That would be my ideal purchase for our next resi but I may have trouble convincing my wife that it would all be worth it in the long run.  Well done for doing what you did.

     

    Regards

     

    Steve
    Li Sharratt said:

    Worst property in the best locale.

     

    This includes my own house, I purchased it for the location and it has doubled in value over the last 5 years, with only 30% of the intial purchase price in works.

     

    It has had some serious work though!

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    I presume the opening post was making the assumption that a) the properties wld be structurally sound and b) one wouldnt have to pay over the odds to land either house. If not, it should have been stated that 'the worst house is a wreck, whilst the best is pristine'.

    On the basis of those assumptions both houses in same structural condition and asking prices reasonable - option 1 without any hesitation whatsoever every time..

    Fernando Duzaza said:

    Interesting Tim, I'm sure you would only choose option 1 if the house needed cosmetic works, not structural changes, to the property. Structural renovations would require major changes to the "bones" of the property, and are expensive and time consuming..?

    You can only bag a bargain by avoiding competition from other buyers, so if there was a lot of interested buyers re option 1, you could end up with an overpriced property to start with.

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    Just to be different -

    Why not buy the worst house on the worst street.

    The LHA rent would be exactly the same as the best house on the worst street but it would be the cheaper  to purchase and so cash flow the best!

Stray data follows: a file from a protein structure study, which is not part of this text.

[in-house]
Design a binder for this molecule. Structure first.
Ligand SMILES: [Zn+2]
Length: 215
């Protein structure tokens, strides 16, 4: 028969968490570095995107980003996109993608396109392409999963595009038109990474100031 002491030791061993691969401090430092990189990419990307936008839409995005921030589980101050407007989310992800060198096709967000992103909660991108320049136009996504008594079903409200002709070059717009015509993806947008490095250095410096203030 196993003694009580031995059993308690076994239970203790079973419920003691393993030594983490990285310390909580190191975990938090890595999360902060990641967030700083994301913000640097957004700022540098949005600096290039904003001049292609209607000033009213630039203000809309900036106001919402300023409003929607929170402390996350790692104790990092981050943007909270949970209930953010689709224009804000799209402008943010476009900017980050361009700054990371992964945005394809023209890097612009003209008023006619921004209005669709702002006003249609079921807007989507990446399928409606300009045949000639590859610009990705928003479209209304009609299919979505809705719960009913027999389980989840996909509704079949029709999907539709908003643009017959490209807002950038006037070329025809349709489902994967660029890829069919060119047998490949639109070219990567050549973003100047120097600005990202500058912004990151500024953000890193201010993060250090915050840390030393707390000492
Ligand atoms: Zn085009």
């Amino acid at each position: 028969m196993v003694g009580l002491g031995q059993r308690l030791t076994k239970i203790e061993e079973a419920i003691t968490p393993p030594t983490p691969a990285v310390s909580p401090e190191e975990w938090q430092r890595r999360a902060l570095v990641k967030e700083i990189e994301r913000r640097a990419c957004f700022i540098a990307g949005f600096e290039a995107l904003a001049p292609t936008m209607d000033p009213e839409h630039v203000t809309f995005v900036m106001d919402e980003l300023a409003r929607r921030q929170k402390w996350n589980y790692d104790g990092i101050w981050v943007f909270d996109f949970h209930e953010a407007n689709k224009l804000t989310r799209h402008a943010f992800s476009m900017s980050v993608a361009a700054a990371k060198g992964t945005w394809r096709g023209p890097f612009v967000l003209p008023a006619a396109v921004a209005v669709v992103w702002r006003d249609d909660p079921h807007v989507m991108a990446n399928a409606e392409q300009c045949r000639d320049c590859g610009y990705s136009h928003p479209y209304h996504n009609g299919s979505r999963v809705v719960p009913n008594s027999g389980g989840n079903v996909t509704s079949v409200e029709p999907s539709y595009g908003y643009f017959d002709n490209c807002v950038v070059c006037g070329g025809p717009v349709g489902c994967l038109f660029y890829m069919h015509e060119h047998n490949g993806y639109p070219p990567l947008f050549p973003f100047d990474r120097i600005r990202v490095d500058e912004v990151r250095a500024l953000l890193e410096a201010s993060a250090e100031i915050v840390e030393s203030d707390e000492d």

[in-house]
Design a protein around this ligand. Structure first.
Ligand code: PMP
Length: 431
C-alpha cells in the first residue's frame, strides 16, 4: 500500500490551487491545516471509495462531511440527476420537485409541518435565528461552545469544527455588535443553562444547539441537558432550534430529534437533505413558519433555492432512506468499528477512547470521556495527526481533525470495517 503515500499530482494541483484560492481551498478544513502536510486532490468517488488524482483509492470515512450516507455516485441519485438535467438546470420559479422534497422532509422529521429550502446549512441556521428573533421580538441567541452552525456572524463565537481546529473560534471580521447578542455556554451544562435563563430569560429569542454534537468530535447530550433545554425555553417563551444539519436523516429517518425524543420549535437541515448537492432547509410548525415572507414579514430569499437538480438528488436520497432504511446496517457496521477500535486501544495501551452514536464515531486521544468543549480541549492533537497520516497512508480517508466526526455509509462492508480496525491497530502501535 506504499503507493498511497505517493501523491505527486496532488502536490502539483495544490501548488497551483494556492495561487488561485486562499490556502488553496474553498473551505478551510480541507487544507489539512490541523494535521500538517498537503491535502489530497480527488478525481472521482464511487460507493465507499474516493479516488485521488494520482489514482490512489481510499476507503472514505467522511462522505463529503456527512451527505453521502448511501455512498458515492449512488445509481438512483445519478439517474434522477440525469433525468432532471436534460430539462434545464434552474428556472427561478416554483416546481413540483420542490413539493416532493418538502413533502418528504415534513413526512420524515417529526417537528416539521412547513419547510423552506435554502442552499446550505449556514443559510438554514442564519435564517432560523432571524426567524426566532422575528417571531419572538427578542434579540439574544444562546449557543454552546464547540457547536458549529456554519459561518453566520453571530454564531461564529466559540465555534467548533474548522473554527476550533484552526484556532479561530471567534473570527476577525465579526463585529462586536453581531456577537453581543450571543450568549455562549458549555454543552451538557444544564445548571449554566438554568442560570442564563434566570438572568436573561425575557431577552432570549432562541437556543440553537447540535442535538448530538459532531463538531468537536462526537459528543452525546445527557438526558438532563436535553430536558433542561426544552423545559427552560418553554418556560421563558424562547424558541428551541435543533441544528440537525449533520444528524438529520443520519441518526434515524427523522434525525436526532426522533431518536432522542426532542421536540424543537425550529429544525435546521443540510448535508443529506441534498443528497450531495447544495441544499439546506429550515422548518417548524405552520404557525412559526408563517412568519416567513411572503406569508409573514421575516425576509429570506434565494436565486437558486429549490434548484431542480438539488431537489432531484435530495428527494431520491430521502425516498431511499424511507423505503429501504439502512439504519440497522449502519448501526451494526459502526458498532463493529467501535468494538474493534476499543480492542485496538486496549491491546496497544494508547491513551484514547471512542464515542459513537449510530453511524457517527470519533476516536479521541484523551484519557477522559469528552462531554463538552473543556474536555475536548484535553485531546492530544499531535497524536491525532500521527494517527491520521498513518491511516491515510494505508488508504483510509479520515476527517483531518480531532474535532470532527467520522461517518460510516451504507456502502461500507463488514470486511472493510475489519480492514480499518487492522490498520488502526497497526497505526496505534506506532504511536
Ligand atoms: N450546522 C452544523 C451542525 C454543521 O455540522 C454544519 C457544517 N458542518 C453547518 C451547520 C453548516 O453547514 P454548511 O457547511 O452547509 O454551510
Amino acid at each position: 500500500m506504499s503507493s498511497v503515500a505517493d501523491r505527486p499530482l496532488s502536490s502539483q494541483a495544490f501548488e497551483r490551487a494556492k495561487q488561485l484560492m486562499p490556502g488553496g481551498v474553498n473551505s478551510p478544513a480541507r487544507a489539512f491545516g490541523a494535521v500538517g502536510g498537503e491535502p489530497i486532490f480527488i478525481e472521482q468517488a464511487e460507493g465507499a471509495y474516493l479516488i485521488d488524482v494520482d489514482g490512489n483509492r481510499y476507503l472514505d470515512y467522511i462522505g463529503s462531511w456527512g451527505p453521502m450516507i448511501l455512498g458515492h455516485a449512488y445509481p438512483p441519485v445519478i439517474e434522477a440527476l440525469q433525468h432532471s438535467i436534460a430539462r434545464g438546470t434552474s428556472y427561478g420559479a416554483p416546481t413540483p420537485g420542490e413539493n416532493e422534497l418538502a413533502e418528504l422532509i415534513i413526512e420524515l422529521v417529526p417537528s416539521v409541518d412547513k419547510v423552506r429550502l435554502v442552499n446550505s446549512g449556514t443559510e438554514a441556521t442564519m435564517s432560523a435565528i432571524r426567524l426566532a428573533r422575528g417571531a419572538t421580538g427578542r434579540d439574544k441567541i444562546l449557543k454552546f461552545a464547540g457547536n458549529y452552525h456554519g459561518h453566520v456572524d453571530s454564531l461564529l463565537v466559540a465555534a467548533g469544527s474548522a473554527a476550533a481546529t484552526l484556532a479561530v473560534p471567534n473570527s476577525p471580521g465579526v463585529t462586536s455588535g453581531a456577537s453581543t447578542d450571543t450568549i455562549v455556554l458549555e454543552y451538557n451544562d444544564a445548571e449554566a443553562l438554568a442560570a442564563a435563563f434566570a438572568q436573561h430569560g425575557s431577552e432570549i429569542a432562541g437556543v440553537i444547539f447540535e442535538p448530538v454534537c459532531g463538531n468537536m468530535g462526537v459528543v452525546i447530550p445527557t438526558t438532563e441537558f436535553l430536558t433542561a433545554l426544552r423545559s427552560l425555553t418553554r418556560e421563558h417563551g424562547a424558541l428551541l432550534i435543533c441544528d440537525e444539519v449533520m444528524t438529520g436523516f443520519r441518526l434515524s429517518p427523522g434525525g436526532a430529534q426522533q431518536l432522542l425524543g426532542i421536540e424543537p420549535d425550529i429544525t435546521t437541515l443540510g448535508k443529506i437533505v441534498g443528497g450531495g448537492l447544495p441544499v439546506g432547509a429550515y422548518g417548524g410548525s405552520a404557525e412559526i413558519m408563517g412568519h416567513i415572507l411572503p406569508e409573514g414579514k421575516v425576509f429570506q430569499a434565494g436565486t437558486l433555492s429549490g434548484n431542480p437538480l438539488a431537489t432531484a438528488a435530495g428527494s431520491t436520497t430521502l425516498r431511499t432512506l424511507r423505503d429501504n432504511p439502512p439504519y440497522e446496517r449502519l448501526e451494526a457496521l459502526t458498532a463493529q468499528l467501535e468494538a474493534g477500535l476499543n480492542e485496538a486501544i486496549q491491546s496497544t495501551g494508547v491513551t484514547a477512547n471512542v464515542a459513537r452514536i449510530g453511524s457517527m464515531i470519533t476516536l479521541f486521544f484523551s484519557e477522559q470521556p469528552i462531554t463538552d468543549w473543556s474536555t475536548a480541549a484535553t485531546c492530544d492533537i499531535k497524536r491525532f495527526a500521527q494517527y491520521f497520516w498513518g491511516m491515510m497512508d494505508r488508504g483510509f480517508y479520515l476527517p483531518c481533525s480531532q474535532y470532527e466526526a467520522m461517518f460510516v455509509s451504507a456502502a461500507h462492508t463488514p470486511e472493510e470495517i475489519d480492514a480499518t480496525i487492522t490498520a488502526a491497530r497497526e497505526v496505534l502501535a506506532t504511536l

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    Jonathan Clarke. http://www.buytoletmk.com

    Ah but Rich that is illogical I would say. Someone always has to live in the worst house in the worst street by definition. If that worst  house  is boarded up, not habitable, derelict  etc then you could argue you would add value to make it a  better house than the worst or it doesnt really count as a house because a house is by definition somewhere where somebody lives.

     I take people ( not always by any means) from the streets, tents, hostels, their mates settees, their abusive partners etc etc , They are more than wiling to take the worst house on the worst street because to them it is a step up from their existing living environment and they view it as a palace and often far more prefrable to their existing lifestyle for a variety of reasons. They then aspire to living in a slightly better house and so on like most of us do. Someone has to take the worst house in the worst street and there are opportunities for investors if they snap these up i would say 

     

    I agree Rich  totally with your follow up post about clarification on what we mean by best and worst. As an investor I maybe want to make out that it is the worst house in the worst street to the agent/vendor/ surveyor etc to get a reduction in price. But to me I may see the worst house in the worst street in terms of investment as the best house in the worst street and then we start going round in circles and back to square one!!